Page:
LONDON H 0 USE, TENBY. W. G. TURL Is now showing a large Assortment of NEW GOODS, the latest Novelties in SPRING FASHIONS. MA3STTLES, J AOKETS, HOXjOyE.A.lsrS, &0. AN IMPORTANT SHOW OF FRENCH AND ENGLISH MILLINERY IN THE VERY LATEST FASHIONS. Chip and Fancy Straw Hats and Bonnets, Laces, Satins, Ribbons, Flowers, Feathers, and Ornaments in great variety. Also the latest production in Dress Materials, Corsets,. Skirts, Hosiery, Gloves, Trimmings, &c. A VISIT OF INSPECTION IS RESPECTFULLY SOLICITED. W, G. TURL, LONDON HOUSE, TENBY. P^R^ORATED TOILET PAPER AND HOLDER. THE PATENT PERFORATED TOILET PAPER IS STRONGLY RECOMMENDED FOR USE IN EVERY HOUSEHOLD. f n 4 it consists of a roll of paper perforated at regular intervals, placed on a handsome holder in such a manner that the roll can easily revolve when |*y! _»p f. aj |i the paper is gently pulled. Each roll contains 1,000 sheets. The holder, [ EL y 0 H U iti f, which can be had in various styles, when once attached to the wall, will t last any length of time, and rolls of paper to re-fill can always be obtained. if H E A L T H. The merits of this Paper are nnjiiiPART ECONOMY, HEALTH, AND NEATNESS. If once tried, this speciallyprepared paper will always be afterwards used. Price: Bronze Holder, with roll of Paper containing 1,000 Sheets, com- i huuui plete, 2s.; Rolls of Paper to re-fill Holder, Is. each. Holders and Paper Tin-inr- are kept in stock by Chemists, Stationers, and Ironmongers. I HEALTH, | STRENGTH, Rl AND ENERGY INSURED BY USING THE GREAT SELF-RESTORER, OR DR. BELL'S PATENT VOLTAIC BELTS, A Safe and Positive cure for Nervousness, Nervous Debility Loss of Power, Consumption, &c. INSTRUCTIONS GIVEN AWAY, showing suffered how they may be cured and recover Health, Strength, and Manly Vigour WITHOUT the AID of MEDICINE, also particulars as to regimen, diet, &c., will be sent free by post on receipt of Two Stamps. Address, W. WRIGHT, Secretary, Volta House, 175, Wardour Street, Oxford Street, London, W. The curative powers of these life-giving belts are gimpty inarvello JPfMt. PIANOFORTES FOR £15. WMcKENZIE is now Manufacturing PIANOS, in • Walnut and Black Case, Panel Front, Column Trusses, Celest and Loud Pedal, Scones, Full Compass, for the smaU sum of £ 15. This is a genuine Instru- ment. An Inspection is respectfully solicited. Arch House, St. George Street, Tenby. PIANOFORTES TUNED AND REPAIRED. Having been for seven years in the employ of Messrs. John Broadwood & Sons, also Collard and Oolkod, and Chappel and Co., London. The public may confidently rely on the excellence of any work entrusted to him, coupled with moderation in charges. Testimonial from the Lady Catherine Allen. Woodfield, August 18,1884. Mr McKenzie has thoroughly repaired a Pianoforte for me and has given complete satisfaction. He has tuned it well also. CATHERINE AIXEN." I May 00 eaten like a sweetmeat, JKeuowiied for their eftic&cy iii Constipation, Bile, Indigestion, Liver complaint. Hemorrhoids, Flatulency, and alt ailments of the Stemach. Eagerly taken by children and the delicate. Highly recommended by the Faculty. Jfall Chemists, at la. lid., 2a. 9d., 4s. 6d„ lis., and !3a. per box; orpoat free ol tba Consignees, A. Feassits and Co., 61, Mangell street, LOHOOK. WILLIAM THOMAS, CABINET-MAKER AND UPHOLSTERER WHITE LION STREET, TENBY. New op Secoml-hnnd Furniture Stored, or Sold on Commission. Inside Repairs prom ptly attended to, and moderately charged for. havestTTAYSTIII YOURl A l»lwi m OWN 1 & J- MMMUBHTOH, IV WOOLLEN MANUFACTUBBKB, Ufnni PITLOCHRY, PERTHSHIBB, IBI Bv SB Pay carriage for Wool «ent them for Msjinfge- BEM ^B B-JI L tare into their Celebrated WTLOCHRY 'VB w VBB VWKSD8 SSES8 IVBXD8, BI/iKX £ I9t HA HP I NT A Ibd<toVBBS DBUGOBTS. 8HEETING8. ■ABE INTO INIXTING YABHsT *t?&o. Highest enlo- 4AY from the leadlnK Journal*. Patterns, ■"I IBB U charsea and full particulars as to time required, l>f Flirlr ■ Jirtd ol wool, 4c.. Ott application at above. nt- j!- V <\LU\W." Discov"riv > < If your fcrur .( groy m uge "The iiex ) E. Tient i. u icely restore in every caxn f;ey or White hair to its original colour, 'without loaviog thy disagreeable smell of moat "Heaterera." It makes the hair charmingly beautiful, an well as promoting the growth of the hair on bald spots, where the glands are not decayed. Ask your Chemist for THE MEXICAN HAIR RENEWER," sold by Chemists and Perfumers everywhere at 3s. 6$, P«* Eottlfl. Wholesale depot remoTod to 33, Farnngaoa Hotel, Leader. OSAS. JBPFE/EYS, NATURALIST, 15, WARREN STREET, TEN BY, (Near the Railway Station.) Marine Shells, Sea Birds' Eggs, Crabs, Butterflies, &c. Many hundreds of species for Sale cheap. Inspection invited. Shells named free of charge MESSRS. T. DAVID & CO., IRON AND BRASS FOUNDERS, IMPLEMENT MAKERS, AND AGENTS, WOODSIDE FOUNDRY, SAUNDEBSFOOT. BUILDERS supplied with Ovens, Boilers, Grates, Railings, Columns, Window Weights, Street Grids. and Covers. Land Rollers, Horse Gears, and Agricultural and Colliery Castings of all kinds. Mill and Machinery Brass. Breakages Re-cast and Repairs executed promptly. JAMES FISHED, FROG STREET, Authorised Plumber to the Tenby Urban Sanitary Authority, 01 BEGS to inform the public that he has just received JD a large stock of the Regulation WATER FIT- TINGS, &c., which he can confidently recommend. Having been engaged upon several Water-works in England, the experience so gained will enable him to give satisfaction. Persons requiring Fittings or Repairs waited upon. BAD LEGS! The GREAT REMEDY,! I Wonderful Cozes throughout England 111 Innu- merable Testimonials (many from Ministers) sent. Easy Terms. Describe case to Dr. Clarfcson, Parley, Ripley, Ylca. PRICE'S RHEUMATIC OILS give -M- IMMEDIATE RELIST and ULTIMATE CUBE to the greatest sufferer from the dreadful pains of Rheumatism, Rheumatic Gout, Ac. Price 2/9 per bottle, of all chemists in the world. Barclay & Sons, 95, Farringdon Street, Lon- don, E.C.; or Messrs. Goodall, Backhouse, & Co., Leeds, will forward a bottle, carriage paid, on receipt of 8s.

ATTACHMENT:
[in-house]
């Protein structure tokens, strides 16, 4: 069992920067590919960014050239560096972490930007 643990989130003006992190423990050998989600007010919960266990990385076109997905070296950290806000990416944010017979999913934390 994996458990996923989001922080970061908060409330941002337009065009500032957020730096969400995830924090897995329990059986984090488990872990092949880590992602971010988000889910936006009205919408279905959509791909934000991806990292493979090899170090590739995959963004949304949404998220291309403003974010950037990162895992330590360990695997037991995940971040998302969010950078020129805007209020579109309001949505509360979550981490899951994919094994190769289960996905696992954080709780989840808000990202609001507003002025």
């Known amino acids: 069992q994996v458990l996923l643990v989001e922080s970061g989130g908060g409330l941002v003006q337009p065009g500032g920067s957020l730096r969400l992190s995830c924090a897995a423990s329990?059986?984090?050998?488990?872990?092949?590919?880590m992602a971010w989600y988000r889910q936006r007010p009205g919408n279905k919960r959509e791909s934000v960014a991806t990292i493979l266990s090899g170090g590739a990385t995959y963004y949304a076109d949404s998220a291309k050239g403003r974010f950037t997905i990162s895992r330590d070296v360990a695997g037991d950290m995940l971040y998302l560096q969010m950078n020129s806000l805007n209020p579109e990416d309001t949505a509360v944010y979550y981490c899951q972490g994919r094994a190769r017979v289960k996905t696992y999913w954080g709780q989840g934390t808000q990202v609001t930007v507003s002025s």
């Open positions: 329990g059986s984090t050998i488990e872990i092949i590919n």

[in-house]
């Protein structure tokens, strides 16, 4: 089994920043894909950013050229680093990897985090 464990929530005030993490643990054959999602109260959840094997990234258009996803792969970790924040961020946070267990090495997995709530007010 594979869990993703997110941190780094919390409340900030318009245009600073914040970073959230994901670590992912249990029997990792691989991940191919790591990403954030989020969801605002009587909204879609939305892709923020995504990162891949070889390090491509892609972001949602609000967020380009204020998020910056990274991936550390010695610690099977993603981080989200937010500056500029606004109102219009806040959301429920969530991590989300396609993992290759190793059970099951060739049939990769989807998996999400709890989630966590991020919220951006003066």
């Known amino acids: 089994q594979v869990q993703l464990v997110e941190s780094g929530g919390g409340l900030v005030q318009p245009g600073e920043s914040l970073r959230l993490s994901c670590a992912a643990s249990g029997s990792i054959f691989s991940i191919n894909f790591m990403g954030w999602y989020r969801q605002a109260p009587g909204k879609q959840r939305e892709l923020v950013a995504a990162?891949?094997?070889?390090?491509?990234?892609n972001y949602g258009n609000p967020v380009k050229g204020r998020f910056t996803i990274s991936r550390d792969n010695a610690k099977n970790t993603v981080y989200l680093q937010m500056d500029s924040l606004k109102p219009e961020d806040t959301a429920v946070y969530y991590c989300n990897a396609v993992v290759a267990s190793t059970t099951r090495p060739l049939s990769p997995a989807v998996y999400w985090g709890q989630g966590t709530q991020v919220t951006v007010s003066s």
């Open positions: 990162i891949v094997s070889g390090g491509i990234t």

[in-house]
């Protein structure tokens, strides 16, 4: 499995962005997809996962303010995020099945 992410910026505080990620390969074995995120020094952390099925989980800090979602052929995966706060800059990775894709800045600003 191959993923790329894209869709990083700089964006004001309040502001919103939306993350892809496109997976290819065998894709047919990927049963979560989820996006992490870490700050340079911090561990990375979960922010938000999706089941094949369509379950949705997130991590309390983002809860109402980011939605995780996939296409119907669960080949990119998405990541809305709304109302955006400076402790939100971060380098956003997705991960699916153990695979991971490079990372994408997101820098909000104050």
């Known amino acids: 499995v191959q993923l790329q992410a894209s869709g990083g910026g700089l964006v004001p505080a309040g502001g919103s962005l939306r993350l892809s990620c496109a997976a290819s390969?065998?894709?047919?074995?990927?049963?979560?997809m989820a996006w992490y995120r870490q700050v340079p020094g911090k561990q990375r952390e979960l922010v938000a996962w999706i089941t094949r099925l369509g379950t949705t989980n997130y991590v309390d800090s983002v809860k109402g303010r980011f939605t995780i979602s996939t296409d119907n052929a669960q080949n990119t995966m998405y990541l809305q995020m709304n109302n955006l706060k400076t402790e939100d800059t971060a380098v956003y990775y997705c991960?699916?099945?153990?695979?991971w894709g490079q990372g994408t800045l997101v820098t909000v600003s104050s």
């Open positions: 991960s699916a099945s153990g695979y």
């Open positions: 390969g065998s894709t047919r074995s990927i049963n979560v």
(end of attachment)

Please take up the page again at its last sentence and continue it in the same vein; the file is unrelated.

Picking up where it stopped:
PEMBROKE. DEATH OF THE WIFE OF THE VICAR OF MONKTON. —It is our painful duty to record the death of Mrs Bowen, wife of the Rev. David Bowen, vicar of Monk ton, which occurred at half-past ten o'clock on Saturday night, after a short but severe illness. The parish of Monkton mourns one who was univer- sally beloved.